This Feeling's Called Goodbye


aec.brop0032.2 1/31/05 New

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    This Feeling's Called Goodbye Brothers Past
    1. This Feeling's Called Goodbye Brothers Past
    2. This Feelings Called Goodbye Home Grown Music
    3. This Feelings Called Goodbye (Dig) SCI Fidelity Records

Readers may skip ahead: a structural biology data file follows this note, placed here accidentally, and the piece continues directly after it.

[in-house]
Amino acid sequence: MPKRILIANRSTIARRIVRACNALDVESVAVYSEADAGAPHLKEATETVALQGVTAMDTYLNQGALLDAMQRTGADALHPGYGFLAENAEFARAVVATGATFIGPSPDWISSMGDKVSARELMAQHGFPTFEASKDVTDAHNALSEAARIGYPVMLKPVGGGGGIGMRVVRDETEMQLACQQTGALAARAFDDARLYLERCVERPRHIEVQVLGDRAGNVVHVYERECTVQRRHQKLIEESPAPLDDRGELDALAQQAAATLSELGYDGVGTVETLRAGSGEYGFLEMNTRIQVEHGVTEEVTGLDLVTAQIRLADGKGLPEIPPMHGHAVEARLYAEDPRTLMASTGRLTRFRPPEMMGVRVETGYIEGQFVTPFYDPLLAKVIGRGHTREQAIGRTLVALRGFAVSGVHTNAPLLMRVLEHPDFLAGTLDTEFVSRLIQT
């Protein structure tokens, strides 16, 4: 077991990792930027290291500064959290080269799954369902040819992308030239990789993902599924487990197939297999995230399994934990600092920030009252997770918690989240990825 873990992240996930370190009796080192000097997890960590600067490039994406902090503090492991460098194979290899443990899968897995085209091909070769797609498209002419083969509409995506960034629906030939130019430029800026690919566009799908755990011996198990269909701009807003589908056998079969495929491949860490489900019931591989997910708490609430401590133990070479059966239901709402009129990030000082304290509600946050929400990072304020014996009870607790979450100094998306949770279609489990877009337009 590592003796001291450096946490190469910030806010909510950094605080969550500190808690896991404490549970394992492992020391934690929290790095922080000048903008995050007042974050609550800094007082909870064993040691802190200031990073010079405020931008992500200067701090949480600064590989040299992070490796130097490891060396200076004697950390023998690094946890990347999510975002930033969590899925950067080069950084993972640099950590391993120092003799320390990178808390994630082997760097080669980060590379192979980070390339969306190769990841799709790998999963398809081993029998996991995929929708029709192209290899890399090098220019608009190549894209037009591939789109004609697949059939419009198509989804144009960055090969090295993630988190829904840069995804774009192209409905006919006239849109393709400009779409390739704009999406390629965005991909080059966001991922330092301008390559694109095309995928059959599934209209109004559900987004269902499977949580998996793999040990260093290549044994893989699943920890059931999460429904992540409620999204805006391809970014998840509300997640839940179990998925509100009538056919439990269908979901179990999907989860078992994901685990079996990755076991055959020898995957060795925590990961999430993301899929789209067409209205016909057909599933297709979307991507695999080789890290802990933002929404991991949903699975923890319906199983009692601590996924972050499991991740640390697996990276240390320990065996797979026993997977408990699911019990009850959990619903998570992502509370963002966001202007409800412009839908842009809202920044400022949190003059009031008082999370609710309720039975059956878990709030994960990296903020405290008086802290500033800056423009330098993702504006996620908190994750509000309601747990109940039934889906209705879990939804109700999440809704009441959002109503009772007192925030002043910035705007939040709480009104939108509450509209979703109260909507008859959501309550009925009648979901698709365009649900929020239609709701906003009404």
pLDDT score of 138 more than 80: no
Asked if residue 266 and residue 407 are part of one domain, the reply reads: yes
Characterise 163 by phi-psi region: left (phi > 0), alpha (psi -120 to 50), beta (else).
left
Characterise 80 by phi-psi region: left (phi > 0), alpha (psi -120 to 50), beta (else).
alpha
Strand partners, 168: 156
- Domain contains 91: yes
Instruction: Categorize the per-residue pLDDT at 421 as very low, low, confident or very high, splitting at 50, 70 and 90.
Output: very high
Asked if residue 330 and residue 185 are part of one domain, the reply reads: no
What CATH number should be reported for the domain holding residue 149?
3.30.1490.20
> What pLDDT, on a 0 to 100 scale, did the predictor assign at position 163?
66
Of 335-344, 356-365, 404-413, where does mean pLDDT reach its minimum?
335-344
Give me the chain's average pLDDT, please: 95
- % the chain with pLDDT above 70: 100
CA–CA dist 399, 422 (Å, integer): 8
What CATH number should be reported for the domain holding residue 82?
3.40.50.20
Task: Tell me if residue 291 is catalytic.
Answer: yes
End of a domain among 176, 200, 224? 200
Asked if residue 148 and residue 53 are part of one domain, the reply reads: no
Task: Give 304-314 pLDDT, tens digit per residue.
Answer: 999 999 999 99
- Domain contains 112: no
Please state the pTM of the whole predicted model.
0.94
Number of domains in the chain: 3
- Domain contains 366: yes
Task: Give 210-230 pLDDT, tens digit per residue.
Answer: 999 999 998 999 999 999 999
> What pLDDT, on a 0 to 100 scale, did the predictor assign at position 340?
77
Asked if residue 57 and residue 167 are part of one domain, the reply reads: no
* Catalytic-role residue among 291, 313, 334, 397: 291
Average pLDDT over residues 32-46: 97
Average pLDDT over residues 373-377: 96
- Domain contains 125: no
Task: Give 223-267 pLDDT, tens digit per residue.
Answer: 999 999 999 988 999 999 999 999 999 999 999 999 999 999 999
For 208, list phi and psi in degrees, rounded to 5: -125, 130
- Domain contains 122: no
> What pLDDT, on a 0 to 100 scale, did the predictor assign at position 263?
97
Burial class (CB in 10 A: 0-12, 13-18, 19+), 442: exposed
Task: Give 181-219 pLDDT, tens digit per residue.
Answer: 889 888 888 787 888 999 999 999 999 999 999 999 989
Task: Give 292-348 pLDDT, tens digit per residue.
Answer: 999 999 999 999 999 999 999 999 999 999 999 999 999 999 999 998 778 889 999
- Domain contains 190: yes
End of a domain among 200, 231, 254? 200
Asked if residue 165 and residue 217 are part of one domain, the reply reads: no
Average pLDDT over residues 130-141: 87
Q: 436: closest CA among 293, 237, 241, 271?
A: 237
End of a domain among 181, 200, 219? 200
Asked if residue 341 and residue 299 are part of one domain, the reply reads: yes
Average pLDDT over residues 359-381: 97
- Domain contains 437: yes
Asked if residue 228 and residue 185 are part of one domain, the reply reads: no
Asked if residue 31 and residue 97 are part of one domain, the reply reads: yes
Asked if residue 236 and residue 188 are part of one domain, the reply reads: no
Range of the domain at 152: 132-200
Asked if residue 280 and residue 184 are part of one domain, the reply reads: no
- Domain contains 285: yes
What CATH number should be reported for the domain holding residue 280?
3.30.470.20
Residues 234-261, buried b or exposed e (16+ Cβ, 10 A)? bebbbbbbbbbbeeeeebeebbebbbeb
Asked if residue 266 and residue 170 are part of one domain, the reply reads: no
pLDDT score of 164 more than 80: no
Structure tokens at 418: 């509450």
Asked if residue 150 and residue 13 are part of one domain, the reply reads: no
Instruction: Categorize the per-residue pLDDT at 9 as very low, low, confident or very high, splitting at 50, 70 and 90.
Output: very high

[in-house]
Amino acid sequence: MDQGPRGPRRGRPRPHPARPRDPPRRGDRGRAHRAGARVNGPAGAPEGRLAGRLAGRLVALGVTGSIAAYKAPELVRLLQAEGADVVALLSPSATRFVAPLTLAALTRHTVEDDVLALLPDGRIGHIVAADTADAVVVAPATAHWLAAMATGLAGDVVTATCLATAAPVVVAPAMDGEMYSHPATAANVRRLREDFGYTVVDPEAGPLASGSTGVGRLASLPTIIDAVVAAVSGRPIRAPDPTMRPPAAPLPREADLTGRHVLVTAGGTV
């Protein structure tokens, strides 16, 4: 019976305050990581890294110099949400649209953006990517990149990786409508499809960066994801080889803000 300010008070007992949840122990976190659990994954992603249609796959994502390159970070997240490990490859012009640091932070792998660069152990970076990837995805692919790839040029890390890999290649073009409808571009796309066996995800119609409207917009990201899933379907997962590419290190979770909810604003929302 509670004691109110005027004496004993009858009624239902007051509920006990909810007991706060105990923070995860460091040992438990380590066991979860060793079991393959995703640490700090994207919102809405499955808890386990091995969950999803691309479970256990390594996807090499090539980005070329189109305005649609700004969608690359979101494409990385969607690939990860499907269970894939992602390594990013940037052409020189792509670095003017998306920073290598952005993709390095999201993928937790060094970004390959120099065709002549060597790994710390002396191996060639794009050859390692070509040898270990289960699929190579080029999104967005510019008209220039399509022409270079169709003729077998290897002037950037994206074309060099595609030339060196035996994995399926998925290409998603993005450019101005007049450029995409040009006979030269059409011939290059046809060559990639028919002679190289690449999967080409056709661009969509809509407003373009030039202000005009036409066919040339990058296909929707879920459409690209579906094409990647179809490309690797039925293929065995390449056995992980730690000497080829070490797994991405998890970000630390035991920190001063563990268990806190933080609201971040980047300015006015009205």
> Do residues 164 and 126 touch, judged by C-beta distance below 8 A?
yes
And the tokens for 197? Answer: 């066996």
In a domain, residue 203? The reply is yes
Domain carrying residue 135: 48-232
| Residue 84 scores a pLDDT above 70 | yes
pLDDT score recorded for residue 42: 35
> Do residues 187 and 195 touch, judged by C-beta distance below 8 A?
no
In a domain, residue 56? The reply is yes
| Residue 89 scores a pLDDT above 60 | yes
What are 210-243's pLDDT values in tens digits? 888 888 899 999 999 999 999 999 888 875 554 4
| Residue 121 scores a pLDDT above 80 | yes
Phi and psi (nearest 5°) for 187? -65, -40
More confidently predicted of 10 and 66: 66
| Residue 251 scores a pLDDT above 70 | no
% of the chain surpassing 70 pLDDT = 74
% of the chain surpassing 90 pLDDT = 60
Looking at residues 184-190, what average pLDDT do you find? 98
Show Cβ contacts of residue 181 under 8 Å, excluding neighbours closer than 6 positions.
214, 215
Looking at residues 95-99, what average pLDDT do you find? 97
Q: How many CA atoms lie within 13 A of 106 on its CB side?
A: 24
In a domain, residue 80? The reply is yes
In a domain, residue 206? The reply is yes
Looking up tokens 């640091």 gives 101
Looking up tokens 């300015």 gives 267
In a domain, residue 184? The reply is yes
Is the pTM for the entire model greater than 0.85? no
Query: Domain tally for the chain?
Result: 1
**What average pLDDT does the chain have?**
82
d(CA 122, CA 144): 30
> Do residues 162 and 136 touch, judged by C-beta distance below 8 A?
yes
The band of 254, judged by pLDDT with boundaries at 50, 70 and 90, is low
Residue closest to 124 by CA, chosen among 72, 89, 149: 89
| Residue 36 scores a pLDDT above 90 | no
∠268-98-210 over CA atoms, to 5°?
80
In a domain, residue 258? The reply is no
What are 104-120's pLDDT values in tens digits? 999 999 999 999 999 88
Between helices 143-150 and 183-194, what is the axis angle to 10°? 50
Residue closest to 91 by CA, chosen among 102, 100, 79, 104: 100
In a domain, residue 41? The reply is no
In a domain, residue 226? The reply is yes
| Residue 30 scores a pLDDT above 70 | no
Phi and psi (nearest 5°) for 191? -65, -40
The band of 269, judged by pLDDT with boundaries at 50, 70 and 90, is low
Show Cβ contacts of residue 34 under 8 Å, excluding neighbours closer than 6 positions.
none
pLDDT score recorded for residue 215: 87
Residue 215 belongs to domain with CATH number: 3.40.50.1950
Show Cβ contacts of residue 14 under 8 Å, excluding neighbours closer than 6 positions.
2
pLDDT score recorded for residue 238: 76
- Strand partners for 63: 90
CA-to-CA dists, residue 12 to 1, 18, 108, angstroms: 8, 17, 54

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Review Text Unlike their jam band peers and predecessors, who tend to trace their musical influences to old-time country, blues, and rock & roll, Philadelphia quartet Brothers Past displays lots of pop, rock, and dance music influences of the 1960s, '70s, and early '80s on its third album, This Feeling's Called Goodbye. They do fit into the jam band category in the sense that they seem more comfortable playing than constructing songs. Even though no track here lasts longer than six minutes, the songs clearly sound as though the music came first while the lyrics, full of insecurity and lovelorn angst, came second and were shoehorned into existing riff patterns. And when the band takes the occasional moment or two for an instrumental break, for example in "Simple Gift of Man," you can tell how much they want to go on for another five or ten. But from the first moment, keyed to Tom McKee's bright synthesizer sounds, Tom Hamilton's quick strumming, and the energetic rhythm section of Clay Parnell and Rick Lowenberg, this is sparkling pop music that fearlessly mixes up its influences. "Forget You Know Me" employs a synth pop pattern that could be programmed next to Donna Summer's "I Feel Love," but then there's an acoustic guitar part that recalls Simon & Garfunkel's "I Am a Rock." The instrumental "Exhale," with its acoustic guitar playing and found sounds, also channels Paul Simon, this time mixed with Pink Floyd. And such songs as "State Police" and "Too Late to Call" suggest at least a nodding acquaintance with Beatles '65, if not to the many '80s power pop bands who played in much the same style. Amazingly, it all comes off sounding fresh, if only because the arrangements keep changing -- get used to a standard rhythm, and you'll find that it has abruptly turned to reggae accents or an electronic pattern; decide that the group wants to be a new version of A Flock of Seagulls, and they'll suddenly come on like the next Rush. It all sounds like Brothers Past is having much more fun, at least playing together, than the lyrics suggest the bandmembers are in their lives. ~ William Ruhlmann

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